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Friday, December 12, 2008

take a hike



One of the outings we looked forward to most was a hike to the waterfall in the mountains near the compound. Much of the big group wanted to go, so we took six of the Ethiopian teenagers as guides, and set off one beautiful morning. We were warned repeatedly that it's a tough hike, about two hours to the falls, on rough terrain. Rick and I poo-poo'ed all that, since we were used to hiking here in Taos, at high altitude. Well... somebody should really be in charge of telling people the truth about this particular hike... It was brutal. I should not have done it. But I'm glad I did.

We started on the "flat" road outside the compound, walking with friendly farm animals. You have to watch where you step, for so many reasons...



After a slow and steady climb through the flat lands, we came to the edge of the forested part of the hike. I was already lagging far behind the rest of the group, but I'd planned to do that anyway. I don't love hiking in a herd, unless it's goats and donkeys. When I was a kid, my dad would take us hiking now and then, and it was always like a competition. I hate having to prove I'm rough and tough and can keep up with the big boys. I just like to be out there, taking my time, enjoying the scenery, taking pictures. So that's what I did here too. Rick and one of the kids usually hung back with me. The kids wanted to be sure they didn't lose an old firengee, and I think Rick liked not having to power up the mountain with the rest of them. We're just more leisurely hikers than most people... OK, and we're not in very good shape...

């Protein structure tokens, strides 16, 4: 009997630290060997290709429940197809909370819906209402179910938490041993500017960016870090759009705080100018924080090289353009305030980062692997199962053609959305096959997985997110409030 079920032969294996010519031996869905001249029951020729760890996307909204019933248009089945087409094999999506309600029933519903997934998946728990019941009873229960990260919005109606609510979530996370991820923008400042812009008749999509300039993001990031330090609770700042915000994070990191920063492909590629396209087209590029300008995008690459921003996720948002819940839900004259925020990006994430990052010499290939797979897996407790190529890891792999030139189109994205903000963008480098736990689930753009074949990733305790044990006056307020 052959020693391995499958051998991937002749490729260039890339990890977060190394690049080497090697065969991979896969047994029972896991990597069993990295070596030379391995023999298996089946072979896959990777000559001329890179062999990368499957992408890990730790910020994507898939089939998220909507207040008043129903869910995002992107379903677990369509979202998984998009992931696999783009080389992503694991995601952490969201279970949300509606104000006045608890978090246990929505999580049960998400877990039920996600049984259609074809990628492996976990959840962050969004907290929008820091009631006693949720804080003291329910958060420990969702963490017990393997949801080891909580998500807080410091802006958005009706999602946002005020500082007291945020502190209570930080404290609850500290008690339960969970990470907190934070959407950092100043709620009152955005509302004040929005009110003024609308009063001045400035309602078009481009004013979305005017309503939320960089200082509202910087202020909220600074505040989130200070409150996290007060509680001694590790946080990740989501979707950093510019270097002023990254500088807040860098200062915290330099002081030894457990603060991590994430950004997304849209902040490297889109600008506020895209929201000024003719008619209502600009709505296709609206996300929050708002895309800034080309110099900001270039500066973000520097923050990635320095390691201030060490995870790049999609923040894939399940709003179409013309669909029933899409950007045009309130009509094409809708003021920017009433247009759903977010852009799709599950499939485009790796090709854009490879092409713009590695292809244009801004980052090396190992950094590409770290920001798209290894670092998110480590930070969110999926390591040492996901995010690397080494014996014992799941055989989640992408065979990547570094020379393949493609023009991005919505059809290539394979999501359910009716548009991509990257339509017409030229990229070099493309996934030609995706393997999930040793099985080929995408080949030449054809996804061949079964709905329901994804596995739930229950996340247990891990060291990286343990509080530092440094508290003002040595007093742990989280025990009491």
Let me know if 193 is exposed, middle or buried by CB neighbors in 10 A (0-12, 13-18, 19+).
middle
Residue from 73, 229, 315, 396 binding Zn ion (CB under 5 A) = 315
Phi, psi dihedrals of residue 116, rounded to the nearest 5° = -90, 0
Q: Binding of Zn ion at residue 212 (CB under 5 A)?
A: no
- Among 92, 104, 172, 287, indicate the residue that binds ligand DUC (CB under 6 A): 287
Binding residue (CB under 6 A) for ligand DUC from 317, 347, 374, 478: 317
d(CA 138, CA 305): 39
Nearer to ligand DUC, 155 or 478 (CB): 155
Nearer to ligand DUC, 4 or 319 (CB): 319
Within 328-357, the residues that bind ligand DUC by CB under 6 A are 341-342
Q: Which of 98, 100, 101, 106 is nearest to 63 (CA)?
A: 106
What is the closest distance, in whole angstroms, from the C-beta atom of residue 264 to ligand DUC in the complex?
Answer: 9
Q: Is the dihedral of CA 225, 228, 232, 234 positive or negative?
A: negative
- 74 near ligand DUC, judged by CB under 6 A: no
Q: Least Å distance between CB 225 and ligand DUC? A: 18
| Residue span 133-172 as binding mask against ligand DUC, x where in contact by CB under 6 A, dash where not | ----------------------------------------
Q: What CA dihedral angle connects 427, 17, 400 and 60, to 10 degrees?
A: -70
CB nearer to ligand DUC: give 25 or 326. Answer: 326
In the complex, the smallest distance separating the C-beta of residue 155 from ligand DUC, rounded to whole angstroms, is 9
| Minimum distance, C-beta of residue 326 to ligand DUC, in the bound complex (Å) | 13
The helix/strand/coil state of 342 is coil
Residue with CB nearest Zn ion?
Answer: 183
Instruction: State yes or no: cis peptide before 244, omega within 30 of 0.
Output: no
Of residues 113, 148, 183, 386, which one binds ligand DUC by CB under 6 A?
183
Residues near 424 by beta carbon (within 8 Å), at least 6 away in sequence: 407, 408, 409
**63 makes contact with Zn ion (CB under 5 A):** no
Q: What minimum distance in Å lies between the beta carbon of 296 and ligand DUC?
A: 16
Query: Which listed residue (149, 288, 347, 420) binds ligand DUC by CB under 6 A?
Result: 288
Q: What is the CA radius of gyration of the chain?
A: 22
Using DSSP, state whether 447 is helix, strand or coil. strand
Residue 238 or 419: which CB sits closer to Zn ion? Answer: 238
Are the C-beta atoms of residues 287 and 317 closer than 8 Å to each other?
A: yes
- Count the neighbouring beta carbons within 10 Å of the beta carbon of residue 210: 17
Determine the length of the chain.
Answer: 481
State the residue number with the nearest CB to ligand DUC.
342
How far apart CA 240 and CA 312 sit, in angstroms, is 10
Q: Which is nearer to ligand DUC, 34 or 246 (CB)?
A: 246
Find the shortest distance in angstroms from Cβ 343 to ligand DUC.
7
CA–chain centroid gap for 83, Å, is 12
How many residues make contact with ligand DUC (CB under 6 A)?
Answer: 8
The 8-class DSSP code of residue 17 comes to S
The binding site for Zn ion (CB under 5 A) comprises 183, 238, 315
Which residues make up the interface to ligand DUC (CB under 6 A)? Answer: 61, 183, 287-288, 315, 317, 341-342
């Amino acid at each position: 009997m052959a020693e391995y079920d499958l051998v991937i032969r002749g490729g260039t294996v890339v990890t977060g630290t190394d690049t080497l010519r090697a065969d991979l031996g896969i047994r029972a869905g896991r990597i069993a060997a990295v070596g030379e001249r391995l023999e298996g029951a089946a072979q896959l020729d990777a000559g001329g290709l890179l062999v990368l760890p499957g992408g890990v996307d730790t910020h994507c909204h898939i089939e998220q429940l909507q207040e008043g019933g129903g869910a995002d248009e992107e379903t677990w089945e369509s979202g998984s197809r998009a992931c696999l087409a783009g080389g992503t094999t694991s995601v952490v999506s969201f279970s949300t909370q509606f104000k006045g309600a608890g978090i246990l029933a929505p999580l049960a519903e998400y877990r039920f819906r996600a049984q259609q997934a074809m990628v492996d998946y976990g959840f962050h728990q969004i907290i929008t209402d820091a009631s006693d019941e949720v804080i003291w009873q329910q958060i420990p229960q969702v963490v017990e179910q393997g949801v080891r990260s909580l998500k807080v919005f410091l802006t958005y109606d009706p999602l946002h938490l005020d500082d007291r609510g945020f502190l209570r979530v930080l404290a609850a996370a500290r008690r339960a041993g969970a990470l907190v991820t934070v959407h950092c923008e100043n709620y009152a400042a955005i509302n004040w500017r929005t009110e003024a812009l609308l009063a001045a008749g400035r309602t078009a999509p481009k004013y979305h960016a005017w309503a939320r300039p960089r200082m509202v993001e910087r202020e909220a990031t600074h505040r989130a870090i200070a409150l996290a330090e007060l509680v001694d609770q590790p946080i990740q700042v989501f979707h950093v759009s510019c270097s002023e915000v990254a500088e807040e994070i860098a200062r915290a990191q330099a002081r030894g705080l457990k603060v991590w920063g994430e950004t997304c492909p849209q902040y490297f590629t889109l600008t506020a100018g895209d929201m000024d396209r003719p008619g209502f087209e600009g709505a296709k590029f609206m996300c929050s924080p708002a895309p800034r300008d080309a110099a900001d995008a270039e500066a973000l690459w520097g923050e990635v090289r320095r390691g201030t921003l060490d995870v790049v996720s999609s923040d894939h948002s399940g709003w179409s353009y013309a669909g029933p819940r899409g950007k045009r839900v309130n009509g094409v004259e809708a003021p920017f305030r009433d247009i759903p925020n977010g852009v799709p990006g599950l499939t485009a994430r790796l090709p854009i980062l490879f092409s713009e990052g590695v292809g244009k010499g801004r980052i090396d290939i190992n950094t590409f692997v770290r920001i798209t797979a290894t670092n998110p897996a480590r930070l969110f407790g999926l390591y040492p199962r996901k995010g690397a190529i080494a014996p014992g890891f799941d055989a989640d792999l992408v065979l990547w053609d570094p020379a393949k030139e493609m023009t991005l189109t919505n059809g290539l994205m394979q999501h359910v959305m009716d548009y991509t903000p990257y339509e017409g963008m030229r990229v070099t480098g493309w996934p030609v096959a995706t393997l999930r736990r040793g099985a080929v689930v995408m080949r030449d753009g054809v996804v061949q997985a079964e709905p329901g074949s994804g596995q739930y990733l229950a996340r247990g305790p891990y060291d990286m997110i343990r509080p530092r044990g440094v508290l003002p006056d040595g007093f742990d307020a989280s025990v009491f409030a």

The views of the mountains and valleys were amazing. I could have stopped every ten steps just to take a fresh look. And because the path is really a "foot road" used by locals who live in the mountains, it winds through people's yards, connecting the community as far as you can see.







A lot of people farm up there, and we stopped to chat with this woman and her children, who were harvesting something - not sure what - and would later be making baskets.




This is my favorite picture from this day, and one of my favorites from the entire trip. I love this boy's beautiful, open face.



Local kids would follow along with us sometimes. At this rest stop, someone in our group pulled out a bag of balloons, a huge treat for kids who normally play with sticks and rocks.




But sticks and rocks are certainly more practical toys in this place... balloons have a pretty short life span with plants like this around...



Lots more climbing, lots more visiting, lots more resting...









The path turned from a narrow and slippery dirt path to unmarked piles of boulders. Goats hopped from rock to rock, mocking my clumsy struggle to make the finish line.



And finally, when I was about to give up and sit pouting on a rock by the stream, there it was. The waterfall...





OK, to be honest, I didn't really care much about the dang waterfall at this point. I was exhausted, and a little worried about how I was going to get my sorry self off that mountain. I'd already slipped and landed in the river up to my knees, so getting wet was no longer an issue. Staying on the "path" wouldn't matter much. I could just "creekwalk" down if I had to. I was a Girl Scout, after all. But after resting for a few minutes, I caught my breath, my knees stopped shaking, and I started to notice what was going on around me. Our group was mostly sitting on rocks, resting, drinking water, sharing snacks. Local teenagers scrambled up to where we were, stripped down to shorts, and jumped into the pool to shower in the waterfall, followed by a few of our own group. It did look refreshing.